My dad could have very easily had a heart attack on Christmas day. (I think I mentioned this a bit in an earlier post -- sorry!) He went to a cardiologist a few days before Christmas because he was feeling compression and was told an artery was 99% closed. 99%! Many people would hope to be so lucky to be in the doctor's office at that point instead of finding out afterwards of their problems. Anyway, when I saw my parents last weekend, my dad was thumbing through a Reader's Digest at my grandma's house and said, "These are the things they say you should eat for a healthy heart" and started reading them aloud. I added my editorials to a few of the foods listed (like olive oil -- better to eat an olive, walnuts, or flax seed than to add oil to your food). But overall, it would be an improvement to how my parents eat. I told him, "That's just what that one book you have says" (that my mom ordered for them a few years before). My mom nodded her head and mouthed, "But he discovered THIS on his own." My dad looked up and caught a glimpse of what was going on, but it hit me that most people do have to seek out the knowledge on their own to really be able to absorb it and use it to better their lives. I know I did. And I still do.

Businesses know that it's vital to spend a chunk of their money on advertisement because we will be influenced by what we see. It's much like our family does with reading the scriptures. We know when we're reading them daily, we feel closer to God and the way he would have us live. If you want to improve your eating, continue to surround yourself with good nutritional information. Let it marinate in your mind a bit until it really sinks in and becomes a part of you. Do it over and over throughout your life in order to align yourself with healthier habits.

The best books on eating I've read so far are Dr. Fuhrman's Eat for Health books. Eat to Live comes in a close second. I also like Dr. Andrew Weil's books. I used to get his newsletter. (I like Dr. Furhman's newsletter better though). Dr. Mehmet Oz has good information too, but I think he's one who holds back a bit for the public interest. He wrote the foreward to Dr. Fuhrman's Eat to Live book. That made me think if Dr. Oz understood Dr. Fuhrman's information and agreed with it, why he didn't write a similar book -- why he advises or allows some foods on his program that aren't that great for your body. But it's fun to read and compare -- to learn as I go.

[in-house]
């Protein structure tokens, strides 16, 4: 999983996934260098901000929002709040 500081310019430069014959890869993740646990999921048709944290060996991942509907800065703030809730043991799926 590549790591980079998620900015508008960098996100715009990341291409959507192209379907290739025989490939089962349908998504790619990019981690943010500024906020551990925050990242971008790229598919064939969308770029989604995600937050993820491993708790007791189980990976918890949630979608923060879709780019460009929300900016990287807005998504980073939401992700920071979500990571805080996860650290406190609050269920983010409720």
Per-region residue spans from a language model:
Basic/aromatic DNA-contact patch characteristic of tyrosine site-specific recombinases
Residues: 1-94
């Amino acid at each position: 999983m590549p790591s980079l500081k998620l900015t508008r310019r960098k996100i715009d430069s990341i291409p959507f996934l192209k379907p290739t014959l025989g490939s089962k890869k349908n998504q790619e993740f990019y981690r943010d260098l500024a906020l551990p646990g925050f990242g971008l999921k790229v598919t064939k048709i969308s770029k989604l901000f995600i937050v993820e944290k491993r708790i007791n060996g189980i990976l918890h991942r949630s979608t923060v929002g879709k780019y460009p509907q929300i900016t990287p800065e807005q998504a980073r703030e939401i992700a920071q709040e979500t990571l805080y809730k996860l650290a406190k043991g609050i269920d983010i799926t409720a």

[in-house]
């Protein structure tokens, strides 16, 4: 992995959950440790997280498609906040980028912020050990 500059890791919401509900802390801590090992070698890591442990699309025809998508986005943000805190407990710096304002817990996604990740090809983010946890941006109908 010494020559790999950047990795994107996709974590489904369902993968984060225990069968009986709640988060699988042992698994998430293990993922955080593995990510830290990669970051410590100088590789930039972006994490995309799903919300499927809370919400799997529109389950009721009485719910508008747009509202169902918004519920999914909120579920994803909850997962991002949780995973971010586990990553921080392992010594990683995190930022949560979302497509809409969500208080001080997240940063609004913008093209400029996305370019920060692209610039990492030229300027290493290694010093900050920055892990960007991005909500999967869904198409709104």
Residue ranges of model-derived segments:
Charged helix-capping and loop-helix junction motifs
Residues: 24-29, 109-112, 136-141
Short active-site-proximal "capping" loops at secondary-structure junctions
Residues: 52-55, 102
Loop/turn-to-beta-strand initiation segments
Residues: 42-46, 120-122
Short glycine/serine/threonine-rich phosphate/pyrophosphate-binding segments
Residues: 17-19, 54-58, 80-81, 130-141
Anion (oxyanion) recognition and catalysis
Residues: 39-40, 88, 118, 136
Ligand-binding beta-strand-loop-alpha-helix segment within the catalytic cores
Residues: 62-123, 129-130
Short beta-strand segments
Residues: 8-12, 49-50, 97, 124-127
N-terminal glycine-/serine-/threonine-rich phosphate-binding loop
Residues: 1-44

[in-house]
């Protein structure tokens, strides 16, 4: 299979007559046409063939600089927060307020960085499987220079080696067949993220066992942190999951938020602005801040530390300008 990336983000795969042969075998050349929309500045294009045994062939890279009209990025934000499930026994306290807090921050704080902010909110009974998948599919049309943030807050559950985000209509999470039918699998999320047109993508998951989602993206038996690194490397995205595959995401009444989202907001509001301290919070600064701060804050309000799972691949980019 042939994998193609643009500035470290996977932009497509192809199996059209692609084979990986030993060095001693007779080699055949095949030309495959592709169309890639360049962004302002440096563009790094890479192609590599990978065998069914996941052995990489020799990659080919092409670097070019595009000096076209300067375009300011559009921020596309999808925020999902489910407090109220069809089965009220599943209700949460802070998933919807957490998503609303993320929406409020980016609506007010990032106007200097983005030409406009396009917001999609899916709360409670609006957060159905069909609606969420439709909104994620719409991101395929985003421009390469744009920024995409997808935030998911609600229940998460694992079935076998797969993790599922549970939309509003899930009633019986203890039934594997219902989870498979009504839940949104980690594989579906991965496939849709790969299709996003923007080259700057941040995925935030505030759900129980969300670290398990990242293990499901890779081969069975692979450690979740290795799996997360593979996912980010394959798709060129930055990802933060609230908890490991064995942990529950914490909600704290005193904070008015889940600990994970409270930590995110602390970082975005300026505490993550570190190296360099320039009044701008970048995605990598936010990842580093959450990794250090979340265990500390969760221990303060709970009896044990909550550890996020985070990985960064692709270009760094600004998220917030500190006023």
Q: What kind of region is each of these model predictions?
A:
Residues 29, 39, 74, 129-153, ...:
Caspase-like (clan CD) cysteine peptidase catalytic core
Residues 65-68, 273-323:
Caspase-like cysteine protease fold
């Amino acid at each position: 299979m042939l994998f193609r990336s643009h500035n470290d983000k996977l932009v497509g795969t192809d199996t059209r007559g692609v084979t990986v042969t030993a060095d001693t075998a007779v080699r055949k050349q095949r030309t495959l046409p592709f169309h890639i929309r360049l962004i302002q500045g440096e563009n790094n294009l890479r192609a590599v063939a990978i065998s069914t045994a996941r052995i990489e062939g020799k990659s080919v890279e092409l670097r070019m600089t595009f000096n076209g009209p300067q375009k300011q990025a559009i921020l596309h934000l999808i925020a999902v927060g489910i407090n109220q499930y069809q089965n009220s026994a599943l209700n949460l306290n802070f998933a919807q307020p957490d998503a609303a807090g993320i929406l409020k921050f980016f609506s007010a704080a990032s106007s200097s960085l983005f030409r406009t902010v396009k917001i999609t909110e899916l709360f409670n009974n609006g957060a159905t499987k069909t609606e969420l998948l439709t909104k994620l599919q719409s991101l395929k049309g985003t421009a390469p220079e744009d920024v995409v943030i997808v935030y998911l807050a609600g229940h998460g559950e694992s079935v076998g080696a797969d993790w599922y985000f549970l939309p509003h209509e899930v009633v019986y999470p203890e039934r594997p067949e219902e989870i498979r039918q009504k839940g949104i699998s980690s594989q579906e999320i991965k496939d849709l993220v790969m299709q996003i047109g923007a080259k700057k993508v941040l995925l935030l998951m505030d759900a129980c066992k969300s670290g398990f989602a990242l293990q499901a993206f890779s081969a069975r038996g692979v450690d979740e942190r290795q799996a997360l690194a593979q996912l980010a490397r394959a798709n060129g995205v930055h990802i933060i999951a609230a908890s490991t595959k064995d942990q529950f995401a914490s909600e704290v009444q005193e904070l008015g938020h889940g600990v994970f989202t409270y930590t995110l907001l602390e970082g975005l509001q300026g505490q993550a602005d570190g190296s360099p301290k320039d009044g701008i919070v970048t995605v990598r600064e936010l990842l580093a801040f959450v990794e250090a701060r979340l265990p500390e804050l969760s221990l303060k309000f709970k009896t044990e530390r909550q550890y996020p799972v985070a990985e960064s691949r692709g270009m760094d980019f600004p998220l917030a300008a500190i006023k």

You can also browse websites, watch experts on YouTube or read my old posts on my blog. I'm trying to figure out how to list my posts by subject so you can find them easier. I've added labels to them all, but can't find the way to get them on my side bar. If you know how, let me know. There are also come great podcasts online that interview authors of these books or experts in the field. You can listen to them on your computer while you work. One I used to listen to often was RawVeganRadio.com . There's some conflicting information out there in the raw food world, but some are excellent. I particularly liked the podcasts from Victoria Boutenko (I need to write a whole post about her to explain her background -- her whole family went raw after coming to America and adopting our ways of eating and our severe health problems that go with it) and John Robbins (heir to Baskin-Robbins, but turned it down once he learned what ice cream does to our bodies).

I've got to stop writing. I'm teaching yoga to some friends in 25 minutes and it will take me 15 minutes to get there. I guess I don't get to shower first. I just want to end by saying I didn't write this to preach and tell you to do exactly what I'm doing. I wrote it to show you that if you're struggling with eating better, just surround yourself with good information and you'll eventually eat healthier than you ever thought possible. TTFN!